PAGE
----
The Puzzle of Processing Speed, Memory, and Executive Function Impairments in Schizophrenia: Fitting the Pieces Together.

Biological Psychiatry

PubMedID: 25863361

Knowles EE, Weiser M, David AS, Glahn DC, Davidson M, Reichenberg A. The Puzzle of Processing Speed, Memory, and Executive Function Impairments in Schizophrenia: Fitting the Pieces Together. Biol Psychiatry. 2015;78(11):786-93.
BACKGROUND
Substantial impairment in performance on the digit-symbol substitution task in patients with schizophrenia is well established, which has been widely interpreted as denoting a specific impairment in processing speed. However, other higher order cognitive functions might be more critical to performance on this task. To date, this idea has not been rigorously investigated in patients with schizophrenia.

METHODS
Neuropsychological measures of processing speed, memory, and executive functioning were completed by 125 patients with schizophrenia and 272 control subjects. We implemented a series of confirmatory factor and structural regression modeling to build an integrated model of processing speed, memory, and executive function with which to deconstruct the digit-symbol substitution task and characterize discrepancies between patients with schizophrenia and control subjects.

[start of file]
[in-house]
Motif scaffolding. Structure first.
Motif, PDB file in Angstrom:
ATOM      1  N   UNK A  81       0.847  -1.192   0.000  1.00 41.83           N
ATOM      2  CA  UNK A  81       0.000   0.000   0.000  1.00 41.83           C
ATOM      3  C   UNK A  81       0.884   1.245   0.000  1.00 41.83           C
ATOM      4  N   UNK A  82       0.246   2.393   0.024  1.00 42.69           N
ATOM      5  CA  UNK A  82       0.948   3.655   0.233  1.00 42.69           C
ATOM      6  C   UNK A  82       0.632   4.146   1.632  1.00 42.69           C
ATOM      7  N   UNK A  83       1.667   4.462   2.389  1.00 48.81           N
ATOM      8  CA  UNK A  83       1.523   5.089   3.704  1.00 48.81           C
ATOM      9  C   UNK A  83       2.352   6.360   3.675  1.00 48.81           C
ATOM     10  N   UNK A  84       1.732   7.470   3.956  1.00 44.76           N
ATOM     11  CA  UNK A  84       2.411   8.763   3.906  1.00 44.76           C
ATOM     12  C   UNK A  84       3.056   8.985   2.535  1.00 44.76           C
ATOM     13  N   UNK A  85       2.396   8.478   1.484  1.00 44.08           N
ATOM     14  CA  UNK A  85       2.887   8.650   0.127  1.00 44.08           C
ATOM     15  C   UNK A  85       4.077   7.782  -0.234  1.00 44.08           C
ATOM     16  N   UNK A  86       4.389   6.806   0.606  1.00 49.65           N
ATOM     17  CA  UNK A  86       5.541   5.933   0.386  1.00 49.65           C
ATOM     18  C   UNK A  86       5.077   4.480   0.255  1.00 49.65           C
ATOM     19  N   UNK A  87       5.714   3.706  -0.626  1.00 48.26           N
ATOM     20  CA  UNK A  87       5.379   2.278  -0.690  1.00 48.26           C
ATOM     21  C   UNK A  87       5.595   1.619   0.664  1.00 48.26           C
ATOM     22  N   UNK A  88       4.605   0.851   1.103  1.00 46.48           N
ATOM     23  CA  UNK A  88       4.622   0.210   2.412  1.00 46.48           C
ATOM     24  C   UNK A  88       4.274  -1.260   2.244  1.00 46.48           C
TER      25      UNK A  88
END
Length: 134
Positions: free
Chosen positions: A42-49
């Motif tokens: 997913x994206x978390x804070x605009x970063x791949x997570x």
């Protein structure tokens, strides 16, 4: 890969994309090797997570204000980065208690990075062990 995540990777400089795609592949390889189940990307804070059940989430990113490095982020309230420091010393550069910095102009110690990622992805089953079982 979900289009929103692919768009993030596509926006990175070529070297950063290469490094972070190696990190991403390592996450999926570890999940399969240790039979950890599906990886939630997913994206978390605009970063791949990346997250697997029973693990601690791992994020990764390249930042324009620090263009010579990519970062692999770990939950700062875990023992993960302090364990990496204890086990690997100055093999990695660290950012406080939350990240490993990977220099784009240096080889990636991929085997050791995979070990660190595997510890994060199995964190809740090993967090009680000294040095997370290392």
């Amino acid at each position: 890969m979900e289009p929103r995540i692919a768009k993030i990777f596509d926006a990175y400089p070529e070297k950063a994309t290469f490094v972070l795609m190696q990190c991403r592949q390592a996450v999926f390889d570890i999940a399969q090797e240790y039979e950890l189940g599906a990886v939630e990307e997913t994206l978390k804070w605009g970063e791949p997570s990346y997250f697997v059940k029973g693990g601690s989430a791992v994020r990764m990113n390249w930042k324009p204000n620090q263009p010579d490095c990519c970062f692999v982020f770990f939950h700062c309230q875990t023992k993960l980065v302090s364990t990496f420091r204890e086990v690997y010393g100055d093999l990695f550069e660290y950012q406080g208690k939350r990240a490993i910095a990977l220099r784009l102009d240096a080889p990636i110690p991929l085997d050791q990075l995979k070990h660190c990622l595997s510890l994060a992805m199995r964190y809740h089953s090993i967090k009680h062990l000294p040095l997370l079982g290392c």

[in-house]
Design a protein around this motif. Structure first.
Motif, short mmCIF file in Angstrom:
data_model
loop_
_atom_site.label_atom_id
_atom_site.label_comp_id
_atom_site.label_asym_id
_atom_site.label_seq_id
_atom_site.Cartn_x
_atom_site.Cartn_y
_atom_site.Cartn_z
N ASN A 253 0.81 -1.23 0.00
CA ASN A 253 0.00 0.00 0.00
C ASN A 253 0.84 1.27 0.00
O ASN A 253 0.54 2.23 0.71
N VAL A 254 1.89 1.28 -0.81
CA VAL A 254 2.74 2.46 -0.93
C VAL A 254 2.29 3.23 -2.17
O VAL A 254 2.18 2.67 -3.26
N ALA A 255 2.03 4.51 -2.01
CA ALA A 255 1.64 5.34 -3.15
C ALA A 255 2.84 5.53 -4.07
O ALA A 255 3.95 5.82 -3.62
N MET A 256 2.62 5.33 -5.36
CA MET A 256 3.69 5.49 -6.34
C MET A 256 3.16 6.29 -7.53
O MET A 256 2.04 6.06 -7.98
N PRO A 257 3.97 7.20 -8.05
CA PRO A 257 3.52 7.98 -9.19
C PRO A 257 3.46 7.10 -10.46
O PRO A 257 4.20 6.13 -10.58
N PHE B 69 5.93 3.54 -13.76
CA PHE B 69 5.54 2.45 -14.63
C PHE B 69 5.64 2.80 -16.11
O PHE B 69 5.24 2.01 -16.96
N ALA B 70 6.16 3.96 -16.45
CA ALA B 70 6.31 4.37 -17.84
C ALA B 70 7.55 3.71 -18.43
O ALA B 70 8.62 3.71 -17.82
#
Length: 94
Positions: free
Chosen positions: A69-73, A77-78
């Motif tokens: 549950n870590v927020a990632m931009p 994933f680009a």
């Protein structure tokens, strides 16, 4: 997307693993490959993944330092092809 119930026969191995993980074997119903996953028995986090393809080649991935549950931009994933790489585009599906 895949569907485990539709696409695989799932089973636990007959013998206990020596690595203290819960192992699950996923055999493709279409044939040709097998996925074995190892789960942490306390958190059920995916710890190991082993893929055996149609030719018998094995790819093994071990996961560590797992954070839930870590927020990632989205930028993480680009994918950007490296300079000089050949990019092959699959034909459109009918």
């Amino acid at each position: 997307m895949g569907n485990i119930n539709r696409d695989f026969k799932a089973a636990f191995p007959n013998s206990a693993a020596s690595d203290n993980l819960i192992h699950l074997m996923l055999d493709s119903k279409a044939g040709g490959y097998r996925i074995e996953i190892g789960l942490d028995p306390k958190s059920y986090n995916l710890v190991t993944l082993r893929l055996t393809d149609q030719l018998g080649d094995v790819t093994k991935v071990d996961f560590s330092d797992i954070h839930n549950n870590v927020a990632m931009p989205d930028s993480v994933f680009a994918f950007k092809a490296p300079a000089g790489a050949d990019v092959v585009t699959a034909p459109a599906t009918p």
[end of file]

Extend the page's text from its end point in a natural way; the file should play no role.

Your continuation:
RESULTS
The overall structure of the processing speed, memory, and executive function model was the same across groups (?(2) = 208.86, p > .05), but the contribution of the specific cognitive domains to coding task performance differed significantly. When completing the task, control subjects relied on executive function and, indirectly, on working memory ability, whereas patients with schizophrenia used an alternative set of cognitive operations whereby they relied on the same processes required to complete verbal fluency tasks.

CONCLUSIONS
Successful coding task performance relies predominantly on executive function, rather than processing speed or memory. Patients with schizophrenia perform poorly on this task because of an apparent lack of appropriate executive function input; they rely instead on an alternative cognitive pathway.